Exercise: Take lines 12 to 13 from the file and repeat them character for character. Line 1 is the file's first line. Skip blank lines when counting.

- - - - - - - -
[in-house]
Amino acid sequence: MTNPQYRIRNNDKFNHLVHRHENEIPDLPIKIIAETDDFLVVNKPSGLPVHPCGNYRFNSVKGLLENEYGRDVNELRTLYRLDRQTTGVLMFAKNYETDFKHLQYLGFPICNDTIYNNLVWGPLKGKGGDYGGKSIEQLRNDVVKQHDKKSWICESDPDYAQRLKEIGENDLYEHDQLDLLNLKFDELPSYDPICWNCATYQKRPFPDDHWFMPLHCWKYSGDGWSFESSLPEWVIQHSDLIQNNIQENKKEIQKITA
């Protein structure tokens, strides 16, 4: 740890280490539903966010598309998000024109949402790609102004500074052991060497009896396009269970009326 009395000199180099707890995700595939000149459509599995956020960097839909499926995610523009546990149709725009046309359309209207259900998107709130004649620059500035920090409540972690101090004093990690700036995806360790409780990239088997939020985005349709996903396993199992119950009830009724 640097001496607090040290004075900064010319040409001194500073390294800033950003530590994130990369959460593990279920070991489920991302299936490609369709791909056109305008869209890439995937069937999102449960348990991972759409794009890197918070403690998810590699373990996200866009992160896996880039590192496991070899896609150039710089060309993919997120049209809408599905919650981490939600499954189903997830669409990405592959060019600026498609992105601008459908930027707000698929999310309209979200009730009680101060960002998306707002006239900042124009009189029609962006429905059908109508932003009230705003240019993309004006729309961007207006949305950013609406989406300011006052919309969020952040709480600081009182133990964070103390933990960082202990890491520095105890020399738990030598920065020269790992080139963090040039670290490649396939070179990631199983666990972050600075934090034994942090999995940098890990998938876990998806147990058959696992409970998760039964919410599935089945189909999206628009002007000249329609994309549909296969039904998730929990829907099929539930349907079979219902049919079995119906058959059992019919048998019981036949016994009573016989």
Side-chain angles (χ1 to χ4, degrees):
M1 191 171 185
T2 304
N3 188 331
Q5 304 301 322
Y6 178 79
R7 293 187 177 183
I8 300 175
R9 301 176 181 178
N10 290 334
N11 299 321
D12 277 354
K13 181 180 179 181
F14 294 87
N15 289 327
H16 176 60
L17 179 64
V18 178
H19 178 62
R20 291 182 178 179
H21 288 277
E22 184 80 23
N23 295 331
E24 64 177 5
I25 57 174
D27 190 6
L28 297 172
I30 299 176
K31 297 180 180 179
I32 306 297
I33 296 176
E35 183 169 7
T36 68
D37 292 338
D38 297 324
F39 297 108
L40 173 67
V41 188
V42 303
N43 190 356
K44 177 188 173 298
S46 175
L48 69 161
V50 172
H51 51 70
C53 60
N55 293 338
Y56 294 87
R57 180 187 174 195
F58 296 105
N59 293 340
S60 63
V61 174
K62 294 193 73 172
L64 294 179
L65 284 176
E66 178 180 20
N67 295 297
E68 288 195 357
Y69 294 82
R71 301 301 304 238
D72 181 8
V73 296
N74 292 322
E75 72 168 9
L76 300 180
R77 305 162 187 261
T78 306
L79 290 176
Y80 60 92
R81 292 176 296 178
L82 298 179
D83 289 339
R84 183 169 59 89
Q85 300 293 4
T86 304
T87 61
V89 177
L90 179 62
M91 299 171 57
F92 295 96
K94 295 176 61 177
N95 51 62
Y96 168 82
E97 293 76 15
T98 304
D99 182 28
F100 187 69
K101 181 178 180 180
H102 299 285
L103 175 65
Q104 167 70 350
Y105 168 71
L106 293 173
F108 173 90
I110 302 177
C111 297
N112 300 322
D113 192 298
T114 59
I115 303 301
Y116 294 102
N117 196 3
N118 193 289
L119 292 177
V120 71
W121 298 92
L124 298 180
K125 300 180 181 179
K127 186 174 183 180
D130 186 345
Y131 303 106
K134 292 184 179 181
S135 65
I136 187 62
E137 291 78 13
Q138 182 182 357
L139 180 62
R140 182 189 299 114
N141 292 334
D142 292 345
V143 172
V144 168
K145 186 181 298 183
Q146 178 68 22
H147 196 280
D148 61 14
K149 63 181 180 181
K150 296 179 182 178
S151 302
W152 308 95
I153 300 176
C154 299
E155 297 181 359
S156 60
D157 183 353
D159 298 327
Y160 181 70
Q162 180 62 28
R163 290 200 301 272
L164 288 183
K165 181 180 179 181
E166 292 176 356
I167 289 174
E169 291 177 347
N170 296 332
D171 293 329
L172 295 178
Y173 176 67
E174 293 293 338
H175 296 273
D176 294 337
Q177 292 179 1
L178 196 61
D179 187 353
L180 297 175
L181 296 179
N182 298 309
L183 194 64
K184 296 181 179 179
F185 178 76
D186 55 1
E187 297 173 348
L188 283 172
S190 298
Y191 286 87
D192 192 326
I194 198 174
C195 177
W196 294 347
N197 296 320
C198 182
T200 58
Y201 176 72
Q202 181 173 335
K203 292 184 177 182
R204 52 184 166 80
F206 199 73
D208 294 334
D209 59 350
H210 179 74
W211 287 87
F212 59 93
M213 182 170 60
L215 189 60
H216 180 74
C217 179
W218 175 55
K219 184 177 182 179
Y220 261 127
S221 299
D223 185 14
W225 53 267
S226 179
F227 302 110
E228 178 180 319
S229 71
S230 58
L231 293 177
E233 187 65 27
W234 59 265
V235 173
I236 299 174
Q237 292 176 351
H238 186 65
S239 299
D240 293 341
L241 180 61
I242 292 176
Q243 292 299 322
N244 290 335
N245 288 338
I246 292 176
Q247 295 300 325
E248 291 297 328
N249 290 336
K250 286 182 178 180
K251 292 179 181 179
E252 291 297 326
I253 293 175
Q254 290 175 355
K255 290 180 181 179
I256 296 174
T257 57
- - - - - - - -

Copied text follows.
R9 301 176 181 178
N10 290 334